The use of a new drug for some people with Type 2 diabetes has been recommended in final draft guidance issued today by the National Institute for Health and Clinical Excellence (NICE).
The drug, dapagliflozin, helps to maintain blood glucose control by the blocking the re-absorption of glucose in the kidneys and promoting excretion of excess glucose in the urine.
The draft NICE guidance recommends the use of dapagliflozin, which is also known as Forxiga, in combination with metformin, which acts to lower blood glucose levels. In some cases, dapagliflozin can also be used in combination with insulin.
Potential use for up to one million patients
The manufacturers of the drug, Bristol-Myers Squibb and AstraZeneca, estimate that it could be suitable for up to one million UK patients.
Dapagliflozin has not been recommended for use in treating Type 1 diabetes.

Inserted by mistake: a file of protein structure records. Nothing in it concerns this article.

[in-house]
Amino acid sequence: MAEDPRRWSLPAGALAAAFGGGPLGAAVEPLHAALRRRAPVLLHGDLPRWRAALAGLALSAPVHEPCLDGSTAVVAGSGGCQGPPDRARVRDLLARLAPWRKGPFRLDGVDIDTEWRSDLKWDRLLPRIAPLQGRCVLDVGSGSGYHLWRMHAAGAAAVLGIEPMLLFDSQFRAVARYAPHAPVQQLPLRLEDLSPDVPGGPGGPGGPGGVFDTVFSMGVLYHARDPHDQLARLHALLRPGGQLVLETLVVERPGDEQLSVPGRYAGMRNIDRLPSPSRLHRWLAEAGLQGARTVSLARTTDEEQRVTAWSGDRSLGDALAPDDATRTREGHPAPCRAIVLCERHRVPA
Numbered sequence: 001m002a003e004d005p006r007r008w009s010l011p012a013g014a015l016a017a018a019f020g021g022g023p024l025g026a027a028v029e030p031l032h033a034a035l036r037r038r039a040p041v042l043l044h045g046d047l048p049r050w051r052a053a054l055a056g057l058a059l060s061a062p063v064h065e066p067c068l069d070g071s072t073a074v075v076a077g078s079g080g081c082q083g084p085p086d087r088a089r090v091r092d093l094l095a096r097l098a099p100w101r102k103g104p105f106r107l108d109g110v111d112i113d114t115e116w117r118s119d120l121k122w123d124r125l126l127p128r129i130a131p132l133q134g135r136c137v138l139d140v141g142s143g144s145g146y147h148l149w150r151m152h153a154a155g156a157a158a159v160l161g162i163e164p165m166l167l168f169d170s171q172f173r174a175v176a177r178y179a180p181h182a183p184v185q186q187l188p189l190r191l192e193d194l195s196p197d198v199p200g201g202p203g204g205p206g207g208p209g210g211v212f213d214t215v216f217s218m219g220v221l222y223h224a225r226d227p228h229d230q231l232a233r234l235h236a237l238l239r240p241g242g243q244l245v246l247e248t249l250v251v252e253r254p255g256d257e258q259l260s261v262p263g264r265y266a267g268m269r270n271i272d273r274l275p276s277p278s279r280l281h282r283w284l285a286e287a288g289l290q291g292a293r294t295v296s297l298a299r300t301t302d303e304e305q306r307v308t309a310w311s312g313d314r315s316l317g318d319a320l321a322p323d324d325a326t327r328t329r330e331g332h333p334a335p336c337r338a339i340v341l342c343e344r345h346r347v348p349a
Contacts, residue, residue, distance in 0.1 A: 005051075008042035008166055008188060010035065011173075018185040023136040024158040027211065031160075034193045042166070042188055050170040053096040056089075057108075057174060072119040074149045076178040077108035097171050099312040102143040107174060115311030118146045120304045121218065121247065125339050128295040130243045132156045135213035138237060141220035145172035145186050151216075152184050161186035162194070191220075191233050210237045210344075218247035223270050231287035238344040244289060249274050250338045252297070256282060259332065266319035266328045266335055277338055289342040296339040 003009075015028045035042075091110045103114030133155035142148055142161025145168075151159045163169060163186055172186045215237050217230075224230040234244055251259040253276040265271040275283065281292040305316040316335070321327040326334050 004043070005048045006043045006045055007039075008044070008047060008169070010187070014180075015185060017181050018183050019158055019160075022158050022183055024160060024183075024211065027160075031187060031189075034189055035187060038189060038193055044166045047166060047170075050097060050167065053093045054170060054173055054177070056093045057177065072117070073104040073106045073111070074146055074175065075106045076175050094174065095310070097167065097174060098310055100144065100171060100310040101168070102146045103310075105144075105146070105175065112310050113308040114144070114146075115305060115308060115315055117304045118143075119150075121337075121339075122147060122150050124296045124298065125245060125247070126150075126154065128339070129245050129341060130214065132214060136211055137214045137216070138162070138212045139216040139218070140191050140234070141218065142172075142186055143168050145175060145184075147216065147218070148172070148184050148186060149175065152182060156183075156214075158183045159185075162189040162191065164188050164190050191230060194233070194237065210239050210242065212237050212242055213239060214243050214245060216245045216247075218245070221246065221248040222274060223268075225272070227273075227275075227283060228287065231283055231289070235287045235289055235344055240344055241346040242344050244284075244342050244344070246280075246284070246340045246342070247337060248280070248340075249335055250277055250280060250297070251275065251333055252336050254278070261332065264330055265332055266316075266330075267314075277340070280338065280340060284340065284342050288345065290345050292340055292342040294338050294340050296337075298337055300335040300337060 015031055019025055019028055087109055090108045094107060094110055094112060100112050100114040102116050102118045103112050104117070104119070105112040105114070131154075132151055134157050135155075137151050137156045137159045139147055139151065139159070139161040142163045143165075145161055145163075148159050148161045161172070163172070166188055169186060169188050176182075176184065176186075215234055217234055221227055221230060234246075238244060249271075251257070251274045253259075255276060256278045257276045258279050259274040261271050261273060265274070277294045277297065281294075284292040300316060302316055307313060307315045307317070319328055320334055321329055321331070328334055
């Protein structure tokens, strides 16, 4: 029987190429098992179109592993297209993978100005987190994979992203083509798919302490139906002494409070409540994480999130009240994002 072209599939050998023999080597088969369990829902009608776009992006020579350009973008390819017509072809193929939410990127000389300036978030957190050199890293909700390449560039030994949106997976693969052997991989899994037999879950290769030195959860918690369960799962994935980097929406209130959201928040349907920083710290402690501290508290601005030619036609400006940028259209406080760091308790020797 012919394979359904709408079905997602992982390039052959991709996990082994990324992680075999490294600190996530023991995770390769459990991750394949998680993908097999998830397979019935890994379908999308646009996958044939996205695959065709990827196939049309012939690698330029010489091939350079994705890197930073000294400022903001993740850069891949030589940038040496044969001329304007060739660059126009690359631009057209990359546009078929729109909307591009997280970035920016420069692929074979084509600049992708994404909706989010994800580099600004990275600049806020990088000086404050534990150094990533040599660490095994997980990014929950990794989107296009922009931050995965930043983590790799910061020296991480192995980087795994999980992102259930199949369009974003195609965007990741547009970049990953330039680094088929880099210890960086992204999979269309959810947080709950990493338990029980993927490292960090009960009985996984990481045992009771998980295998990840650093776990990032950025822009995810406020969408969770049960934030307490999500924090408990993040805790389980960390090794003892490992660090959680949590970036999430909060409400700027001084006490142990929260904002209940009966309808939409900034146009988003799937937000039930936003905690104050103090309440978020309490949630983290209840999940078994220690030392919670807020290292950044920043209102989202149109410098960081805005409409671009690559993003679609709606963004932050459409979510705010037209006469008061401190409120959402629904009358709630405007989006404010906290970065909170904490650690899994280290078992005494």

Final guidance due June 2013
NICE has not yet issued final guidance to the NHS; these decisions may change in the event of an appeal. The final decision on the use of dapagliflozin is due to be published in June 2013. In the interim, NHS bodies are able to make decisions locally on the use of the drug.
Professor Carole Longson, Health Technology Evaluation Centre Director at NICE, said, "We are pleased to recommend dapagliflozin for some people with Type 2 diabetes. It is a serious problem in the UK and dapagliflozin provides another treatment option for some people with this condition."
New treatment options welcome
Libby Dowling, Clinical Advisor for Diabetes UK, said, "We welcome any new treatment options that help people with diabetes manage their condition, though we note that this is draft guidance and could yet change before a final version is issued."
Further information on the final draft guidance can be found on theNICE website.